At Johnson’s workplace in Utrecht, the ultralow-temperature freezers consume the equivalent energy of 60 average Dutch households. “We are facing a huge energy crisis in Europe, so the sustainability community is using that to get attention and to get institutions on board,” she says. Increasing a freezer’s temperature to –70 °C from the typical –80 °C uses about 30% less energy. “Through an ongoing in-house challenge, some groups have combined the contents of freezers and turned some off altogether.”
Efficiency in cost and carbon
A few years ago, the Gemini Observatory telescopes got solar panels and energy-efficient equipment, including transformers, cooling systems, LED lights, and motion sensors. Solar panels provide 20% of the energy needed at Gemini South on Cerro Pachón in Chile, 12% at Gemini North on Mauna Kea in Hawaii, and 20% at the observatory’s Hawaii offices. The upgrades were intended to lower operating costs, but they also reduced the facilities’ carbon footprint, says Inger Jorgensen, associate director of operations at NOIRLab, NSF’s National Optical–Infrared Astronomy Research Laboratory, which comprises several telescopes and other facilities. “By next year they will have paid for themselves,” she adds.
In its 2021 request to NSF for a five-year renewal grant, NOIRLab proposed to reduce staff travel by half compared with pre-COVID-19 levels and to use the consequently freed-up $4.7 million on additional energy-efficient equipment. NSF agreed, and the changes, Jorgensen says, will reduce NOIRLab CO2e emissions by 30%, from the estimated 8700 tons of CO2e in 2019 to a target of 6200 tons by late 2027. That reduction “is equivalent to what 500 average US houses emit in a year,” she says. “Every little piece makes a difference. And it shows it can be done.”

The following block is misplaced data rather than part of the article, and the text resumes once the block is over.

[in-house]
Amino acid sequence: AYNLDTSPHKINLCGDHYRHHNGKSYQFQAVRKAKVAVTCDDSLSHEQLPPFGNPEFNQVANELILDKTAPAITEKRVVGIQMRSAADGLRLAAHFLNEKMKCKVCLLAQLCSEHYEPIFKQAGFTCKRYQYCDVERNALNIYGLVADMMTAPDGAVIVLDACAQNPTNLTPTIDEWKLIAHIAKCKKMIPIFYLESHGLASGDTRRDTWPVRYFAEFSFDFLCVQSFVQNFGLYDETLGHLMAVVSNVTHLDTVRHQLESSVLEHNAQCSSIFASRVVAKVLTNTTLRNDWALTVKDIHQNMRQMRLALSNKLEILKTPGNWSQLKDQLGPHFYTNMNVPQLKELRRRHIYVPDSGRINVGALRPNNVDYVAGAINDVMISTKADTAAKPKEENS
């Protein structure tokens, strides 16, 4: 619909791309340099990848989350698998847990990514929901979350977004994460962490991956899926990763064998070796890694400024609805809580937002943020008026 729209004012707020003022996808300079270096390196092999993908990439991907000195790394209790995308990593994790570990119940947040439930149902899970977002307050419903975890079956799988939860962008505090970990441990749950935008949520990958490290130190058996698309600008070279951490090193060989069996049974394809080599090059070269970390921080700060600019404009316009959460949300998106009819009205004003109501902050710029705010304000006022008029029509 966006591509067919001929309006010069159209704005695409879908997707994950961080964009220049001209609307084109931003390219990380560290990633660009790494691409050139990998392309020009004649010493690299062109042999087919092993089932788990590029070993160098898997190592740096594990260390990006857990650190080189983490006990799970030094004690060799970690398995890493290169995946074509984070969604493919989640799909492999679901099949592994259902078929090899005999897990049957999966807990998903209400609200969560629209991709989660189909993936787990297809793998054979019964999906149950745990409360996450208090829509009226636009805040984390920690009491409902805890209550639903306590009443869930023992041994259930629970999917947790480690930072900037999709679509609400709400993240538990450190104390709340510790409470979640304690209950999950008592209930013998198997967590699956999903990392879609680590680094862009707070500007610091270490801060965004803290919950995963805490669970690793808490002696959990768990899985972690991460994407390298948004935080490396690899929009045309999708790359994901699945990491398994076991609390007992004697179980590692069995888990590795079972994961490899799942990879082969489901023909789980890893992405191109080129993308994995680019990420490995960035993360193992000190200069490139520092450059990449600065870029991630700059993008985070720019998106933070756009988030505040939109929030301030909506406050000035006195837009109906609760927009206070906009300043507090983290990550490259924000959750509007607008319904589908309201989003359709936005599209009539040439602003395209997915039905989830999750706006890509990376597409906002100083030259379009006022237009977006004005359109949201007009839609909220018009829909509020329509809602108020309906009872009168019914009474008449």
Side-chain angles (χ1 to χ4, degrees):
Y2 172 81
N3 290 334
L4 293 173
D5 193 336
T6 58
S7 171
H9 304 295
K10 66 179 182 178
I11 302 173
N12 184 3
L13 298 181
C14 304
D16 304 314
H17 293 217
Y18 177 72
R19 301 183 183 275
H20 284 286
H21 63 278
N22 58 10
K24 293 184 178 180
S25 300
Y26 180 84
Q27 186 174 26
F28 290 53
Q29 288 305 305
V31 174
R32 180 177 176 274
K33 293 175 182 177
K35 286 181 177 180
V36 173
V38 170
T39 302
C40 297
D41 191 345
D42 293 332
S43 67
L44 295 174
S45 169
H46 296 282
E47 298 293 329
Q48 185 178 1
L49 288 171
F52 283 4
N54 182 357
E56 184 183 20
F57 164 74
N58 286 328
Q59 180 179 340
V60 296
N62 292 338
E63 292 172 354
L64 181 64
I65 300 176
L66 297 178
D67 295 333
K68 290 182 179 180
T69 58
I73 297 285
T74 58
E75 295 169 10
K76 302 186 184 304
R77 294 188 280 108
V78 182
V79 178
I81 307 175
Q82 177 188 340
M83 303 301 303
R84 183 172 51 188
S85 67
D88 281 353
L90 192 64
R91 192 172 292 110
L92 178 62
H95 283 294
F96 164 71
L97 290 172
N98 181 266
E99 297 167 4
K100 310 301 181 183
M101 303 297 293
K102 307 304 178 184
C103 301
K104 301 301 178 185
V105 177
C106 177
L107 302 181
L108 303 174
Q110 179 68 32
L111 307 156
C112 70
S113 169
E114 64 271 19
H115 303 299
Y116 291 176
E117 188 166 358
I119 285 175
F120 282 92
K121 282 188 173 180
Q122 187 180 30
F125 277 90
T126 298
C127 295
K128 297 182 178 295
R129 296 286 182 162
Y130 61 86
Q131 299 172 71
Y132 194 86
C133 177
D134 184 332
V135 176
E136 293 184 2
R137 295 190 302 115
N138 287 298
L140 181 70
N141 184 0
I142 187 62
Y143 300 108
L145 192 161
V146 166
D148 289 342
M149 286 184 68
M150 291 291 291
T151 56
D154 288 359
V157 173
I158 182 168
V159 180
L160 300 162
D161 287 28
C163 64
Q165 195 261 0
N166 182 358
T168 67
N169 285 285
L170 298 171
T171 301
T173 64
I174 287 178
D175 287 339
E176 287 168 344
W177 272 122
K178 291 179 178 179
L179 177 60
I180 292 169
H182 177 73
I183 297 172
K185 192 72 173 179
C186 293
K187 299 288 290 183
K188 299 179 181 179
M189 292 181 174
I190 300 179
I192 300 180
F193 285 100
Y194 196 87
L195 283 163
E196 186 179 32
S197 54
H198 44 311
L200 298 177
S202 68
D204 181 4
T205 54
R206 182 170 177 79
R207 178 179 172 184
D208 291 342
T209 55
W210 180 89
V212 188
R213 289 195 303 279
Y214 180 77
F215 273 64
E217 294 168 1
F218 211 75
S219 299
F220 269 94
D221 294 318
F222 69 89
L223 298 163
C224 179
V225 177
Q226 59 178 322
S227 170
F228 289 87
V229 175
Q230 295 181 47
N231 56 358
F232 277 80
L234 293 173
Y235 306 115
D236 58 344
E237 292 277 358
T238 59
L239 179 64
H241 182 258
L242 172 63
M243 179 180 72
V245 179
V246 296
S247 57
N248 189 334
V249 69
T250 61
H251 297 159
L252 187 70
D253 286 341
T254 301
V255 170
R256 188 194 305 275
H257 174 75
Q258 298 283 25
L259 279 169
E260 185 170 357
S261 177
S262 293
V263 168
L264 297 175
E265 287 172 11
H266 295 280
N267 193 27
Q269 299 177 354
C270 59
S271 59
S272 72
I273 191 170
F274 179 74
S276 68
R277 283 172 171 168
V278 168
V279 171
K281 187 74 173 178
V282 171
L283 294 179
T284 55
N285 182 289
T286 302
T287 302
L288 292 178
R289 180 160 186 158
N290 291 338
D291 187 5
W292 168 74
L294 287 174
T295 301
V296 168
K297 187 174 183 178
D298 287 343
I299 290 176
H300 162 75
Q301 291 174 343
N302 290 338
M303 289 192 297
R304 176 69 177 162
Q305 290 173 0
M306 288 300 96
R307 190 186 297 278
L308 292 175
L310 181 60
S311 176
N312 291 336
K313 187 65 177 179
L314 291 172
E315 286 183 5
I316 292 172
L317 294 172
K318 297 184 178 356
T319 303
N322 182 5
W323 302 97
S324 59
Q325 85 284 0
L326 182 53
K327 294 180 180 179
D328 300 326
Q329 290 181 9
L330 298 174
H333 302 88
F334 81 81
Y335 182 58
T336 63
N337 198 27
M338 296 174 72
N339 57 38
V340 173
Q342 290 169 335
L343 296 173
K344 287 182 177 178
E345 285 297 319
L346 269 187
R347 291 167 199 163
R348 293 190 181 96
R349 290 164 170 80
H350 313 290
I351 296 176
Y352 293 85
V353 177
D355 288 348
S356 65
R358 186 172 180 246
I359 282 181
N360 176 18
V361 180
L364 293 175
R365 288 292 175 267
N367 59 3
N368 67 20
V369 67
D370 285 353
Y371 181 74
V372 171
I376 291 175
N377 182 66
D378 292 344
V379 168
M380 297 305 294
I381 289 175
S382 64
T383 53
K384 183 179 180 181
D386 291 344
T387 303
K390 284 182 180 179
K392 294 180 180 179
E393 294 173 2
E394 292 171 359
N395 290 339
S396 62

Funding agencies have agency
Eichhorn and others want funding agencies to step in and use their leverage to nudge researchers and institutions to reduce their greenhouse gas emissions. A first step would be for the agencies to require applicants to estimate the carbon footprint of their proposed work. Eichhorn notes that while a growing number of universities and research institutions globally are doing so, the lack of standardization makes it difficult to compare them. “The day funding bodies say you have to estimate your carbon footprint, everyone will do it,” says Lannelongue. “I haven’t seen compulsory estimates yet, but things are moving in that direction.”
Funding agencies could also reward proposals that include ways to reduce emissions. One incentive, suggests Johnson, could be to recognize institutions that behave sustainably—along the lines of the UK’s Athena SWAN (Scientific Women’s Academic Network) program, which recognizes good practices in advancing gender equality in higher education.
Limiting scientists to listing only one invited in-person talk on grant applications would be an incentive to travel less, says Eichhorn. And conducting all grant or job interviews virtually would likewise reduce travel. Institutions and funding agencies could ease the requirement of taking the cheapest form of transportation to meetings and instead include the carbon budget in such decisions.
Remote conferences reduce emissions by up to 98%, Eichhorn notes. Even selecting a conference location based on where attendees will travel from can reduce a conference’s carbon footprint by 20%, she notes. (See Physics Today, September 2019, page 29.)
Says Eichhorn, “Reducing emissions in the science community will require creativity and culture change.”